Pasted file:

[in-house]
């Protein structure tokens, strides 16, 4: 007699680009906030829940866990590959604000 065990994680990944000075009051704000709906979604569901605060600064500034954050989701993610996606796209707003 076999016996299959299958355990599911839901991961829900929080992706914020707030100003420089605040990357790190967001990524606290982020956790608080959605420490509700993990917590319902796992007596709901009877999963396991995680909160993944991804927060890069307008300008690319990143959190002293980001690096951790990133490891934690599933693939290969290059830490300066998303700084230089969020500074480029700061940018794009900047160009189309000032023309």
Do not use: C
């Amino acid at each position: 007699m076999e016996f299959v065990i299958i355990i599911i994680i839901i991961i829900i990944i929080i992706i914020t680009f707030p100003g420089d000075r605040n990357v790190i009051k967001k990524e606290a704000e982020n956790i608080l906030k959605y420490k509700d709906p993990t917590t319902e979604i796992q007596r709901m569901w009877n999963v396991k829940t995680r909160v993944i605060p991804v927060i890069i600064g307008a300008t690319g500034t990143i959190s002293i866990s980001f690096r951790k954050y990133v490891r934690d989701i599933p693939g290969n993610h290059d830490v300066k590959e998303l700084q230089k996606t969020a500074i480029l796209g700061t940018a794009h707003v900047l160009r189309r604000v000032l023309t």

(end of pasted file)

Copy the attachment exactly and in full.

[in-house]
């Protein structure tokens, strides 16, 4: 007699680009906030829940866990590959604000 065990994680990944000075009051704000709906979604569901605060600064500034954050989701993610996606796209707003 076999016996299959299958355990599911839901991961829900929080992706914020707030100003420089605040990357790190967001990524606290982020956790608080959605420490509700993990917590319902796992007596709901009877999963396991995680909160993944991804927060890069307008300008690319990143959190002293980001690096951790990133490891934690599933693939290969290059830490300066998303700084230089969020500074480029700061940018794009900047160009189309000032023309």
Do not use: C
């Amino acid at each position: 007699m076999e016996f299959v065990i299958i355990i599911i994680i839901i991961i829900i990944i929080i992706i914020t680009f707030p100003g420089d000075r605040n990357v790190i009051k967001k990524e606290a704000e982020n956790i608080l906030k959605y420490k509700d709906p993990t917590t319902e979604i796992q007596r709901m569901w009877n999963v396991k829940t995680r909160v993944i605060p991804v927060i890069i600064g307008a300008t690319g500034t990143i959190s002293i866990s980001f690096r951790k954050y990133v490891r934690d989701i599933p693939g290969n993610h290059d830490v300066k590959e998303l700084q230089k996606t969020a500074i480029l796209g700061t940018a794009h707003v900047l160009r189309r604000v000032l023309t």